Thank you all for being here today to commemorate Worlds AIDS Day with us at God’s Love.
The idea for the NAMES Project Memorial Quilt was conceived in 1985 by AIDS activist Cleve Jones during the candlelight march, in remembrance of the 1978 assassinations of San Francisco Supervisor Harvey Milk and Mayor George Moscone. For the march, Jones had people write the names of loved ones that were lost to AIDS-related causes on signs that would be taped to the San Francisco Federal Building. All the signs taped to the building looked like an enormous patchwork quilt to Jones, and he was inspired. The Quilt Project was officially started in 1987 in San Francisco by Jones, Mike Smith, and volunteers Joseph Durant, Jack Caster, Gert McMullin, Ron Cordova, Larkin Mayo and Gary Yuschalk.
At that time many people who died of AIDS-related causes didn’t receive funerals, due to both the social stigma of AIDS felt by surviving family members and the outright refusal by many funeral homes and cemeteries to handle the deceased’s remains. Lacking a memorial service or grave site, The Quilt was often the only opportunity survivors had to remember and celebrate their loved ones’ lives. The first showing of the Quilt was in 1987 on the National Mall in Washington, DC. The Quilt was also displayed in full on the Mall in Washington, D.C., in 1996, and returned in July 2012 to The Mall to coincide with the start of the 14th International AIDS Conference, 2012.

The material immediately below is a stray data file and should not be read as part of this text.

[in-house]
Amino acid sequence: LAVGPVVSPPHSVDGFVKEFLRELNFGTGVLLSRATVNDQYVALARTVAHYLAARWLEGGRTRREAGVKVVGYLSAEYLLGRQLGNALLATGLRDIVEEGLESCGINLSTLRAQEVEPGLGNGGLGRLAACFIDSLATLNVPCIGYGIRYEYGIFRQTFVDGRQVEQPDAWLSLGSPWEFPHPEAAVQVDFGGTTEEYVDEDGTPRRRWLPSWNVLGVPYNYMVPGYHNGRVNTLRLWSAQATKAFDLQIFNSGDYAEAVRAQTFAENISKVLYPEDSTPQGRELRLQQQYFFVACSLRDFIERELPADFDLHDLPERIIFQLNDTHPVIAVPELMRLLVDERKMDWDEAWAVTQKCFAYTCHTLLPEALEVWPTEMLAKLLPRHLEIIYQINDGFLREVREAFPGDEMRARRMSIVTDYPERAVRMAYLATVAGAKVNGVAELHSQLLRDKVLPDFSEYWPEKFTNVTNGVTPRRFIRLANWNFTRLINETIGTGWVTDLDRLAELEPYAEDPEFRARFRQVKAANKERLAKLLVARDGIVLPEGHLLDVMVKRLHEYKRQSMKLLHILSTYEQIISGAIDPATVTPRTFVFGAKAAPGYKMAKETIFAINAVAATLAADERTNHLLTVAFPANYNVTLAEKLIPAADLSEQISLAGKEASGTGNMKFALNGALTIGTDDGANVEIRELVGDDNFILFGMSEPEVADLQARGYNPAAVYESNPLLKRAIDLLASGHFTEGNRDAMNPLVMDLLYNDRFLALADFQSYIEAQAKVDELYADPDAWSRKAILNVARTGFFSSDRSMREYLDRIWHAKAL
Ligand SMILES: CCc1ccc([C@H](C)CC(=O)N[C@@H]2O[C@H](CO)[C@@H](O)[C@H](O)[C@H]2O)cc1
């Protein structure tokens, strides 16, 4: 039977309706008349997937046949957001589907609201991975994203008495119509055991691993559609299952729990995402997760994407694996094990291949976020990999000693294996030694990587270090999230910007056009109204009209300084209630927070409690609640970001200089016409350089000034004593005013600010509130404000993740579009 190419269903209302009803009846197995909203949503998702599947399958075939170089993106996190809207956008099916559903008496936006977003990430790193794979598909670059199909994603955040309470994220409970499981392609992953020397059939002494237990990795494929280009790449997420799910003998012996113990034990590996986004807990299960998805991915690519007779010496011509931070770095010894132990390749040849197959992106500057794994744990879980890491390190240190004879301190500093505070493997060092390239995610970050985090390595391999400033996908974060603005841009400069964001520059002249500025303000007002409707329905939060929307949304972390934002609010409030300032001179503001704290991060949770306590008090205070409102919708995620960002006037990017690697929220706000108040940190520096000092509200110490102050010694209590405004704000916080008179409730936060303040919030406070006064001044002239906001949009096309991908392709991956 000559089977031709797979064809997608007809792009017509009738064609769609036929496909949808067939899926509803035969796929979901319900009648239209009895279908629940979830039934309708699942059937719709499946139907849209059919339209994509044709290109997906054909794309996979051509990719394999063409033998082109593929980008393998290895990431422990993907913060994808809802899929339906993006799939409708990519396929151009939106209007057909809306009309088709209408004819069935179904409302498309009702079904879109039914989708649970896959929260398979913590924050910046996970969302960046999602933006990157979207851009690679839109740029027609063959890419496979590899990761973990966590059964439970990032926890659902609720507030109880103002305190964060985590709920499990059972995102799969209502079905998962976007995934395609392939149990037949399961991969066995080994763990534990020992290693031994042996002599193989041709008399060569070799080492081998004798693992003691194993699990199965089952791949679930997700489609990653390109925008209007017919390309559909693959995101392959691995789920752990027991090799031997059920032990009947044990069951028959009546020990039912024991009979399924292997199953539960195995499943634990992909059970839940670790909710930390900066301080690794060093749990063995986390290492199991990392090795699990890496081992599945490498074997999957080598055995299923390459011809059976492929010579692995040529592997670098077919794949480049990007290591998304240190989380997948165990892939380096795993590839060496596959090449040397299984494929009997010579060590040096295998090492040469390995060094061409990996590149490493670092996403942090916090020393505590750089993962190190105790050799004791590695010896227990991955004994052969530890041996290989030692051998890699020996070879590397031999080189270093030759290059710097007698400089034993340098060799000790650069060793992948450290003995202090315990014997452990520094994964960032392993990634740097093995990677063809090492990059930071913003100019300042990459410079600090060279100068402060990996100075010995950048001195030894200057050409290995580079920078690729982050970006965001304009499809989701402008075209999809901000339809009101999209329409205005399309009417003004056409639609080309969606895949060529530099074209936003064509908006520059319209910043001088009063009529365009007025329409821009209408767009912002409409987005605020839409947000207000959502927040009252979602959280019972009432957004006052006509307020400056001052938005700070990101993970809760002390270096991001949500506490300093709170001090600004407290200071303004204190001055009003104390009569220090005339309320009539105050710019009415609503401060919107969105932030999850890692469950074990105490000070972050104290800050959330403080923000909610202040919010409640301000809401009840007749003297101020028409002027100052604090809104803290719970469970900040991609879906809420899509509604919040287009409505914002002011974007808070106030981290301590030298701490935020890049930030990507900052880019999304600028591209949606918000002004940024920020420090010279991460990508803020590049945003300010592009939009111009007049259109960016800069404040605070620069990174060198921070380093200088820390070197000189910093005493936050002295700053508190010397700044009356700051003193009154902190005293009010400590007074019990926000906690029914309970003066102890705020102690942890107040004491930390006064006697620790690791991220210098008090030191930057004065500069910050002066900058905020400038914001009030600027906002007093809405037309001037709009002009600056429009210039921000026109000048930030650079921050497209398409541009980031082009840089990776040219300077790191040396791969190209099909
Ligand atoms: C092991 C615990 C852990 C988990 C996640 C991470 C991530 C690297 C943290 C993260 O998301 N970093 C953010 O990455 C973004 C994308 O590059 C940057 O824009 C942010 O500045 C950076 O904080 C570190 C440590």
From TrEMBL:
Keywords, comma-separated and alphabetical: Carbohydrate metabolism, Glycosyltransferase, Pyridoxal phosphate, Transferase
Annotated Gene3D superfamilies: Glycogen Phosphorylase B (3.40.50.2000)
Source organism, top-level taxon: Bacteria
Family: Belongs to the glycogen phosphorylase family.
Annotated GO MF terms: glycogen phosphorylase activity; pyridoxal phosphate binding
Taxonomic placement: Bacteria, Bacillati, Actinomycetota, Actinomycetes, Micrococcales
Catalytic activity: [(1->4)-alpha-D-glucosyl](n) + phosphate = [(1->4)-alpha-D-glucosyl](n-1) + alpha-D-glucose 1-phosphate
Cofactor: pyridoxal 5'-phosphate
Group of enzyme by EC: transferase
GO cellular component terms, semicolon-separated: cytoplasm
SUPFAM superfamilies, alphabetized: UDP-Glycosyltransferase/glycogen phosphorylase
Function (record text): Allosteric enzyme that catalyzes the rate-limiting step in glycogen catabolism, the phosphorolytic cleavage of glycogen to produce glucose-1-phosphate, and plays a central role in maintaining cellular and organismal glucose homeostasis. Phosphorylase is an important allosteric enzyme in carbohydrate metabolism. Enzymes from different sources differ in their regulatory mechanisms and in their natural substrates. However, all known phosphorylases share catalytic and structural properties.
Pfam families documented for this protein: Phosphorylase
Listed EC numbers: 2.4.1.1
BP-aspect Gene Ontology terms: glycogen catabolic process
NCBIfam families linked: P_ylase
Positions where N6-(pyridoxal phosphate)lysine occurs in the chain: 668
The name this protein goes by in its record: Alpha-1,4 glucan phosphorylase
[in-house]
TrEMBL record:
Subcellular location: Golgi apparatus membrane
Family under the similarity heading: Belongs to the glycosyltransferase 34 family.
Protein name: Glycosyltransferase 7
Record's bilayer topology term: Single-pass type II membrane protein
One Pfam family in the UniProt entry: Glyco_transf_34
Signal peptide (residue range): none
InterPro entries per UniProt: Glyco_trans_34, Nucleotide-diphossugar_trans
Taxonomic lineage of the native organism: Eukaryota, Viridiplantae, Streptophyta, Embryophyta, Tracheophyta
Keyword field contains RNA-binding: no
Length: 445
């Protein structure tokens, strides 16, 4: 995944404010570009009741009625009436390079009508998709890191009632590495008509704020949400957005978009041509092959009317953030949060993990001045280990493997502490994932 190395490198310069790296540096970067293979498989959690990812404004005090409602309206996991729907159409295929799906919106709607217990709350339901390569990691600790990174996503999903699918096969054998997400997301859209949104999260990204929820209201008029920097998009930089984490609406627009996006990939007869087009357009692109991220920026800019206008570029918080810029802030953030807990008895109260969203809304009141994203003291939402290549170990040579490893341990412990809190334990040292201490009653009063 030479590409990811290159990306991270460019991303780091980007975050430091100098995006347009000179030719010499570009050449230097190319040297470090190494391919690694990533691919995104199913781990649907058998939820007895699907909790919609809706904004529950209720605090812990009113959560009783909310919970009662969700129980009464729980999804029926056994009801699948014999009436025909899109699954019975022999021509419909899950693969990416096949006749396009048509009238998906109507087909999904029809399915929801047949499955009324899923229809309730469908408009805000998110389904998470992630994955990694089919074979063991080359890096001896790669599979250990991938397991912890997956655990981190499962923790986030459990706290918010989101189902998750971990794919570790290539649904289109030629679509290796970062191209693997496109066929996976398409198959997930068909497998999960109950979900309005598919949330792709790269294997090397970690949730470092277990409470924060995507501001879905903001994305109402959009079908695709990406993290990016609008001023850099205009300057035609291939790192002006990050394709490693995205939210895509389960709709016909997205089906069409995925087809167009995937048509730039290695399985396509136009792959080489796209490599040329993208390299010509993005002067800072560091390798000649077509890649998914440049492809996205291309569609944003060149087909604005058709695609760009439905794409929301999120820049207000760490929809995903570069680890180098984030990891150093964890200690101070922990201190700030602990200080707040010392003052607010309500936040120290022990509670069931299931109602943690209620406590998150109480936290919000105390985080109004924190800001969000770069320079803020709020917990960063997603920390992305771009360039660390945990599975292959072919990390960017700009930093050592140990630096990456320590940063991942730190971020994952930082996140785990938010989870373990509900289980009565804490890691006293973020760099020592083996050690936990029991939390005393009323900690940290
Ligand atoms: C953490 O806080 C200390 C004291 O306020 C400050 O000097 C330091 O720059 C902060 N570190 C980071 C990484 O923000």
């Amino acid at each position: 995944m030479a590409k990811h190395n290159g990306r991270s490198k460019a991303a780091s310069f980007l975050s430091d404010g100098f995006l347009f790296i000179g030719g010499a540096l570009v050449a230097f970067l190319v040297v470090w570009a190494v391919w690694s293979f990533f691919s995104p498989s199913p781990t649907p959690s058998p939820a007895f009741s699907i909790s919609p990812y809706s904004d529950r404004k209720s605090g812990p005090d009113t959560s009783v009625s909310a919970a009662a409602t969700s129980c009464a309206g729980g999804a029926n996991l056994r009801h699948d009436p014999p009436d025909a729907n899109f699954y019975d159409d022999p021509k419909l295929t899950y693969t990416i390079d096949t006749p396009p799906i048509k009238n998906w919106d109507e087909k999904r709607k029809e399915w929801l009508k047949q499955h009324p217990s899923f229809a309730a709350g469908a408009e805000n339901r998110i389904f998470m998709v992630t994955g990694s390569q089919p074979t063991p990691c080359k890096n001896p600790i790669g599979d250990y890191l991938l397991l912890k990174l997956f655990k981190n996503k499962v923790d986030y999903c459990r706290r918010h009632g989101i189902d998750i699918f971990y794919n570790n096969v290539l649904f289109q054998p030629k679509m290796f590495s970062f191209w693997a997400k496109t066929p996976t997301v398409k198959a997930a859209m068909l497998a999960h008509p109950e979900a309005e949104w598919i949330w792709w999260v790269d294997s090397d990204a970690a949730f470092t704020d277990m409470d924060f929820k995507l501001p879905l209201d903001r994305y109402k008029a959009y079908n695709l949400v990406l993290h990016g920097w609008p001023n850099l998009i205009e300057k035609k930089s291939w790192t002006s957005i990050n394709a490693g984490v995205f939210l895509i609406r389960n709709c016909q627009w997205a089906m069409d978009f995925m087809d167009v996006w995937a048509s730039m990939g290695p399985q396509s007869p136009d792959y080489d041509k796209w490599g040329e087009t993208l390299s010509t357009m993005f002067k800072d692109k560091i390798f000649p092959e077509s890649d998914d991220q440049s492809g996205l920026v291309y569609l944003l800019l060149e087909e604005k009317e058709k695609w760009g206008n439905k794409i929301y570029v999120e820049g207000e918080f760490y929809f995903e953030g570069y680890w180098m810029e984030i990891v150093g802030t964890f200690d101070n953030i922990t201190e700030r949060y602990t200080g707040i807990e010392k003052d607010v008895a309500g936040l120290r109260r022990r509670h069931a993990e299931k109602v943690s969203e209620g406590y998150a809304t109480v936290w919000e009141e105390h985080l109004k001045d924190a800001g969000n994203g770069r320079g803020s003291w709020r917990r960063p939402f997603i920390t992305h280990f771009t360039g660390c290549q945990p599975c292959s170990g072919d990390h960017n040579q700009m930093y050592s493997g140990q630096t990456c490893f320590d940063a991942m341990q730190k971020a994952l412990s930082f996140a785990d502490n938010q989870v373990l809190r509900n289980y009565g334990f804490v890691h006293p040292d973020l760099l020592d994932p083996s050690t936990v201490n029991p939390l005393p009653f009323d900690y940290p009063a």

The Quilt is a memorial to, and celebration of the lives of people lost to the AIDS pandemic. Typically very personalized, individual quilt panels are created by the loved ones of someone who has died of AIDS-related causes. Each panel is 3′ by 6′ the average size of a human grave. Panels are donated to The NAMES Project Foundation where they are grouped with other similar panels and assembled into 12′ by 12′ sections, called “blocks”. These blocks can be seen at local displays of The Quilt, typically containing 8 individual panels per block.
The NAMES Project Foundation is headquartered in Atlanta, Georgia, and has 21 chapters in the United States and more than 40 affiliate organizations world-wide. The AIDS Memorial Quilt itself is also warehoused in Atlanta when not being displayed, and continues to grow, currently consisting of more than 48,000 individual memorial panels and weighing an estimated 54 tons.
Goal and achievement
The goal of the Quilt is to bring awareness to how massive the AIDS pandemic really is, and to bring support and healing to those affected by it. Another goal is to raise funds for community based AIDS service organizations to increase their funding for AIDS prevention and education. As of now:
Funds Raised by The Quilt for Direct Services for People with AIDS has exceeded $4,000,000
Yet, only about 20% of the people lost to AIDS related causes are represented in the Quilt.
One of those represented is my long-term partner of 19 years Joe Garcia who died on Memorial Day 1991. Another loved one of someone whose panel is represented in the bock on display here today is our dear and beloved volunteer Roz.